# A problem regarding the rank of a matrix

$$\mathbf {The \ Problem \ is}:$$ If $$A$$ and $$B$$ be two $$n\times n$$ square matrix such that $$A^2=A$$ and $$B^2=B,$$ then show that $$r(A-B)=r(A-AB)+r(AB-B)$$ where $$r(A)$$ denotes rank of the square matrix $$A.$$

$$\mathbf {My \ approach} :$$ Actually I have tried that, from the two equations, $$A(A-B)=(A-AB)$$ and $$(A-B)B=(AB-B)$$, we have $$r(A-AB)+r(AB-B) \leq r(A)+r(B)$$ and again $$A(AB-B)=0$$ and $$(A-AB)B=0$$, then $$r(A)+r(AB-B)\leq n$$ and $$r(B)+(A-AB)B\leq n$$, but I can't draw any further conclusion to show that $$r(A-AB)+r(AB-B) \leq r(A-B)$$ .

And the other side is obvious by the rank-inequality $$r(P+Q)\leq r(P)+r(Q).$$

A small hint is warmly appreciated .

• A quicker proof of the equality you attained: $$r(A-B) = r([A - AB] + [AB - B]) \leq r(A - AB) + r(AB - B).$$ Jan 19, 2020 at 15:33
• For the other direction, it suffices to show that $(A - AB),(AB - B)$ have trivially-intersecting row-spaces and columns spaces (which leads to a quick proof), but that might be a bit too strong a tool for this problem. Jan 19, 2020 at 15:35
• I suspect that we might be able to come up with an elegant proof starting with $A - AB = (I - A)B$, $AB - B = A(I - B)$ and using the fact that $\ker(I - A) = \operatorname{im}(A)$. Jan 19, 2020 at 17:45
• @Omnomnomnom,Sir,I was also thinking about this part, by using the fact that the vector space $V$ is the direct sum of the eigenspaces of the matrices $A$ and $B$ corresponding to the eigenvalues $0$ and $1$ respectively. But, I couldn't get further. Jan 19, 2020 at 21:21

We want to show that $$r(A-B) = r(A - AB) + r(AB - B).$$

By the claim proven below, it suffices to show that $$A - AB$$, $$AB - B$$ have trivially intersecting row-spaces and trivially intersecting kernels.

To show that the row-spaces intersect trivially, note that $$\operatorname{im}(A - AB)^T = \operatorname{im}((I - B)^TA^T) \subset \operatorname{im}(I-B)^T,\\ \operatorname{im}(AB - B)^T = \operatorname{im}(B^T(I - A^T)) \subset \operatorname{im}(B)^T.\\$$ However, we have $$\operatorname{im}(B)^T \cap \operatorname{im}(I-B)^T = \{0\}$$. To see this: if $$x$$ is in the first space, then $$(I - B^T)x = 0$$ which means that $$B^Tx = x$$. If $$x$$ is in the second space, then $$B^Tx = 0$$. For both to be true, we must have $$x = 0$$.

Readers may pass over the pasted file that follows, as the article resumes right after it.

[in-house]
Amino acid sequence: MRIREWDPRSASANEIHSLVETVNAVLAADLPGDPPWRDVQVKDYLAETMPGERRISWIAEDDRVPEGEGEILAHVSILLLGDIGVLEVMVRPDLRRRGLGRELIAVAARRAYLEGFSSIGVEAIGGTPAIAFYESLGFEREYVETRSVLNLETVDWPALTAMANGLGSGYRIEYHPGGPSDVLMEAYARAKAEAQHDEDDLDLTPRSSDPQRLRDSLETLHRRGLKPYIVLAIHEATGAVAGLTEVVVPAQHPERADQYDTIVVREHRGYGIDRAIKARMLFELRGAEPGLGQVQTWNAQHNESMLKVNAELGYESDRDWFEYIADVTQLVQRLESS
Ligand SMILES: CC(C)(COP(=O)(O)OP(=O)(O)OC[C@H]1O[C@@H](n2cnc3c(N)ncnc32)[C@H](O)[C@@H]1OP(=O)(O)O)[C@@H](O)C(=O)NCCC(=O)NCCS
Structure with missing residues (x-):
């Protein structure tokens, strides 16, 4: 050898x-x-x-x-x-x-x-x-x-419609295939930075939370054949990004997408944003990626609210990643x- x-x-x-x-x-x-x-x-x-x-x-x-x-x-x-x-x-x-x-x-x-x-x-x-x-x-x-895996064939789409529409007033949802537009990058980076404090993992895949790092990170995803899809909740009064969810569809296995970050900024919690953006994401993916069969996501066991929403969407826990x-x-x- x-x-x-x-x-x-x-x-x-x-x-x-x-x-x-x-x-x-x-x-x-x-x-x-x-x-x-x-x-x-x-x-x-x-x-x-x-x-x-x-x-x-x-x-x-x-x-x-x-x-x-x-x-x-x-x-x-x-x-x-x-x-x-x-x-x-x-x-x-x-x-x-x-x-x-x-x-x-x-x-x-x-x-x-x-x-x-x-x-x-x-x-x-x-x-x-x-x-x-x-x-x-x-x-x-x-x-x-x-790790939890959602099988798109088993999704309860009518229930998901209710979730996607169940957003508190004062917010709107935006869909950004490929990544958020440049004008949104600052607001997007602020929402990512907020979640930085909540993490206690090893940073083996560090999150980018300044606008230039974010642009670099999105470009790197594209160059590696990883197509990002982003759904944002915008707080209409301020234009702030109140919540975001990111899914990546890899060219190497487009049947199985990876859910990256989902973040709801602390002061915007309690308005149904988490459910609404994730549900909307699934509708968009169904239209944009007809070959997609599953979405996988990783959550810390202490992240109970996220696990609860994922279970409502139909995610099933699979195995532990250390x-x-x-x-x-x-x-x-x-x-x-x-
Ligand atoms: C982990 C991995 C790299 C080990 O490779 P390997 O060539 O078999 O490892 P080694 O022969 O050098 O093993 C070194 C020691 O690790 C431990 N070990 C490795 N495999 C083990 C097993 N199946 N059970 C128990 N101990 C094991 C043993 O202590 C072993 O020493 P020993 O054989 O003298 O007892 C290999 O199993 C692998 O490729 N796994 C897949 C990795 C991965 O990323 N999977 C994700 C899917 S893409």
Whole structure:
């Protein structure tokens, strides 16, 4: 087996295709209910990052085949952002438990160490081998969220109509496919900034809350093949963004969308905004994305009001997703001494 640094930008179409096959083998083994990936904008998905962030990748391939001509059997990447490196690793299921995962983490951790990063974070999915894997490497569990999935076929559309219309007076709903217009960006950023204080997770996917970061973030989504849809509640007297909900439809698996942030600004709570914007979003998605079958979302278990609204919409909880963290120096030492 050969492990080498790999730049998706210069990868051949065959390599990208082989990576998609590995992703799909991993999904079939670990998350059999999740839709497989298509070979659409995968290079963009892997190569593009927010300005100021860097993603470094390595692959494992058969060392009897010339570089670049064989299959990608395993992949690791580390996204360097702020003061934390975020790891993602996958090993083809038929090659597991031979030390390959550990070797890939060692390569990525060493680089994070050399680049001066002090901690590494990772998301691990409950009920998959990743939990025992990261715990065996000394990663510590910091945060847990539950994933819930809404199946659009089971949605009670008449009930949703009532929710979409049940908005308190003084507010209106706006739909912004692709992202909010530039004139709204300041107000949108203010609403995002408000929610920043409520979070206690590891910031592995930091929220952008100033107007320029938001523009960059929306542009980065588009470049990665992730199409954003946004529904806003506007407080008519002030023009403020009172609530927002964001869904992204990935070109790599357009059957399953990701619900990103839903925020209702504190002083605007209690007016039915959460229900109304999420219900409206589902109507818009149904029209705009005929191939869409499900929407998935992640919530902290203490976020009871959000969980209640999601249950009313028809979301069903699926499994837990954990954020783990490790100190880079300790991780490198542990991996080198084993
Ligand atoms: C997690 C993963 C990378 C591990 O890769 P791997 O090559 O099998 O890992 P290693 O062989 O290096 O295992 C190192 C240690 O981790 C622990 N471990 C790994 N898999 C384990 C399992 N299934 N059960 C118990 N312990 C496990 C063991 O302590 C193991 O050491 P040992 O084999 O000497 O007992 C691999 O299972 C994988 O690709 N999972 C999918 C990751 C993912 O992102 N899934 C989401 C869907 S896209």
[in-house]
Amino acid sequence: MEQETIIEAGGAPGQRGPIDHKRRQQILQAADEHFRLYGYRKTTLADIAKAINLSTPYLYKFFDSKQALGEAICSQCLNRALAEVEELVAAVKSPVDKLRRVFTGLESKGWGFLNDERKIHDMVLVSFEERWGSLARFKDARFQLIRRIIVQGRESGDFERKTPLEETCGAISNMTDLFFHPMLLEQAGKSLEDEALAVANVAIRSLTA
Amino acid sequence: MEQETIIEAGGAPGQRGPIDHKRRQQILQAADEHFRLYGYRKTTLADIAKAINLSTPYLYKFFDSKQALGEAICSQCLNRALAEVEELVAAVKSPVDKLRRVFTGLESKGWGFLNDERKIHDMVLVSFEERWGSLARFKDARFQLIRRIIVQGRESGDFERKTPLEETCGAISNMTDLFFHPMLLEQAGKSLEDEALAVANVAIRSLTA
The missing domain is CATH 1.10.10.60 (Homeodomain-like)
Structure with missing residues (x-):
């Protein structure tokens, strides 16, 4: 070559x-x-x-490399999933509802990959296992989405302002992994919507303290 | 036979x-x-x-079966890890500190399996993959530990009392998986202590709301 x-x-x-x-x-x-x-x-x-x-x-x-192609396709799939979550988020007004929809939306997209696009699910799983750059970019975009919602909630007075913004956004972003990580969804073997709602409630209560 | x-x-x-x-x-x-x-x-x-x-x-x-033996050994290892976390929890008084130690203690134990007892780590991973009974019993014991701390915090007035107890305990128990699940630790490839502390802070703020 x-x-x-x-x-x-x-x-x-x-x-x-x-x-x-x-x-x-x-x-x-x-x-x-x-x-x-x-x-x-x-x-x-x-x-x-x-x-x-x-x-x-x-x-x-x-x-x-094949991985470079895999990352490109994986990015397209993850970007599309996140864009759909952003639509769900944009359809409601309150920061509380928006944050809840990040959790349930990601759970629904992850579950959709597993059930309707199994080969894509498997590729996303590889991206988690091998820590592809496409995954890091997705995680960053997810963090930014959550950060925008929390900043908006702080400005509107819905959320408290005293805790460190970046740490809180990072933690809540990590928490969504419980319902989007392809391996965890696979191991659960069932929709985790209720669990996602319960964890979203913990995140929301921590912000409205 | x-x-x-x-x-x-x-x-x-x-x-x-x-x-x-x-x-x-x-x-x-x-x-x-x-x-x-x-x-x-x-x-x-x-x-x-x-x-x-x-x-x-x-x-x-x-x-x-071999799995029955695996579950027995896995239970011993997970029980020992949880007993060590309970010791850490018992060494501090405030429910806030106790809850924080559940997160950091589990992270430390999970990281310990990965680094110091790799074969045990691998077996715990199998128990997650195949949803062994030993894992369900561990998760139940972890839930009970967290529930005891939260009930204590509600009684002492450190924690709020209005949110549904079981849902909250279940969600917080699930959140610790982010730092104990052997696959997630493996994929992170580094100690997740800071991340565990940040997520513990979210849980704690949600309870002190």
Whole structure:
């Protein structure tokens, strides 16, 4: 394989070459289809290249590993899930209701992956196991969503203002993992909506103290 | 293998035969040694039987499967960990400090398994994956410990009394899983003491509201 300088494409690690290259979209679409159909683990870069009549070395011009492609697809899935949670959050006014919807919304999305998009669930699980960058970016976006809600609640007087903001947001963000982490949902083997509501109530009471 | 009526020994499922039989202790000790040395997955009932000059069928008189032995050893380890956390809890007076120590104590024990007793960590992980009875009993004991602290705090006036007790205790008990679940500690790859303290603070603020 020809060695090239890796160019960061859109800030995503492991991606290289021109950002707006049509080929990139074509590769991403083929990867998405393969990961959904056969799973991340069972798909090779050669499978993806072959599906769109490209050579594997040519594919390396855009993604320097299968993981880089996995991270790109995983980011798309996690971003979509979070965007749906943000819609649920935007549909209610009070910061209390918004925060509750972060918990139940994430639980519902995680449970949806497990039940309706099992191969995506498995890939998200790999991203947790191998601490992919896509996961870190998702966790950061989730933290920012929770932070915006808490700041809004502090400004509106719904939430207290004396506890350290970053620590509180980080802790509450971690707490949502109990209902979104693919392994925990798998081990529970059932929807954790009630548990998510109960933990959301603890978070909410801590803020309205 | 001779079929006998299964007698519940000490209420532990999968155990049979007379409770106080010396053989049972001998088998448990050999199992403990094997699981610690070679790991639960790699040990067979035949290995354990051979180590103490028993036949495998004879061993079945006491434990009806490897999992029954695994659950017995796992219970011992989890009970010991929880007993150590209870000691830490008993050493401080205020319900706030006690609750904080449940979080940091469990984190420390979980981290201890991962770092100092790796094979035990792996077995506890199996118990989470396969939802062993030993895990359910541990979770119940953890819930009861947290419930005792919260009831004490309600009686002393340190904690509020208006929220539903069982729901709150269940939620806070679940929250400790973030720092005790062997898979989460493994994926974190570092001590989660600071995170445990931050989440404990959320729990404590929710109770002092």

We now show that the kernels intersect trivially. Suppose that $$x \in \ker(A-B)$$, i.e. $$(A-B)x = 0$$. This can be rewritten as $$(A - B)x = 0 \implies Ax - Bx = 0 \implies Ax = Bx.$$ It follows that $$(A - AB)x = Ax - A(Bx) = Ax - A(Ax) = (Ax - A^2)x = 0.$$ Similarly, $$(AB - B)x = A(Bx) - (Bx) = A(Ax) - (Ax) = (A^2 - A)x = 0.$$ So, $$x \in \ker(A-B)$$ implies that $$x \in \ker(A - AB)$$ and $$x \in \ker(AB - B)$$. The conclusion follows.

Claim: given $$P,Q$$ with $$\operatorname{im}(P^T)\cap \operatorname{im}(Q^T) = \{0\}$$, we have $$r(P + Q) = r(P) + r(Q) \iff \ker(P + Q) = \ker(P) \cap \ker(Q).$$

Proof: $$\ker(P + Q) = \ker(P) \cap \ker(Q) \iff\\ \operatorname{im}(P^T + Q^T) = \operatorname{im}(P^T) + \operatorname{im}(Q^T) \iff\\ \dim \operatorname{im}(P^T + Q^T) = \dim \operatorname{im}(P^T) + \dim \operatorname{im}(Q^T) - \dim[\operatorname{im}(P^T) \cap \operatorname{im}(Q^T)] \iff\\ \dim \operatorname{im}(P^T + Q^T) = \dim \operatorname{im}(P^T) + \dim \operatorname{im}(Q^T) \implies\\ r(P + Q) = r(P) + r(Q).$$

• Can you explain "By the rank-nullity theorem...". By applying the rank-nullity theorem to which operators exactly? Jan 19, 2020 at 16:07
• @punctureddusk to $A-B$. My justification was in order for the rank of $A-B$ to be as large as possible, its kernel must be as small as possible. Now that I reread it though, I see that's too informal. I do think that it is true that $$r(P+Q) = r(P) + r(Q) \iff \ker(P+Q) = \ker(P) + \ker(Q)$$ though the proof eludes me at the moment Jan 19, 2020 at 16:20
• @punctureddusk fixed my answer. Unfortunately, now it's not as short as I would have hoped. Jan 19, 2020 at 16:41
• Can you explain some more the first equivalence in the proof? I'm sorry, this might just me being away from linear algebra for too long. Jan 19, 2020 at 16:53
• @punctureddusk for subspaces $U$ and $V$, $(U \cap V)^\perp = U^\perp + V^\perp$, where $U^\perp$ is the orthogonal complement of $U$. Jan 19, 2020 at 16:55

Let $$F$$ be the underlying field, $$V=F^n,\,A'=I-A$$ and $$B'=I-B$$. Then $$A'$$ and $$B'$$ are also projectors and $$AA'=A'A=BB'=B'B=0$$. We have two observations:

1. $$r(AB')+r(A'B)=r(AB'-A'B)$$:
• Since $$AB'V\cap A'BV\subseteq AV\cap A'V=0$$, we have $$AB'V\cap A'BV=0$$. Hence \begin{aligned} r(AB')+r(A'B)&=\dim(AB'V)+\dim(A'BV)\\ &=\dim(AB'V)+\dim(A'BV)-\dim(AB'V\cap A'BV)\\ &=\dim(AB'V+A'BV). \end{aligned}
• For any $$x,y\in V$$, we have $$AB'x+A'By=(AB'-A'B)(B'x-By)$$. Hence $$AB'V+A'BV\subseteq (AB'-A'B)V$$ and $$\dim(AB'V+A'BV) \le\dim\left((AB'-A'B)V\right) =r(AB'-A'B) \le r(AB')+r(A'B).$$
2. $$r(AB'-A'B)=r(A-B)$$: by rank-nullity thm, it suffices to show that $$\ker(AB'-A'B)=\ker(A-B)$$:
• Suppose $$(AB'-A'B)x=0$$. Left-multiply both sides by $$A$$, we get $$AB'x=0$$. Subtract this equation from the previous one, we obtain $$A'Bx=0$$ too. Now $$AB'x=0$$ and $$A'Bx=0$$ imply that $$Ax=ABx$$ and $$Bx=ABx$$ respectively. Hence $$(A-B)x=0$$.
• Conversely, suppose $$(A-B)x=0$$. Then $$Ax=Bx$$ and $$A'x=B'x$$. Hence $$(AB'-A'B)x=AB'x-A'Bx=AA'x-A'Ax=0$$.

The result now follows from 1 and 2.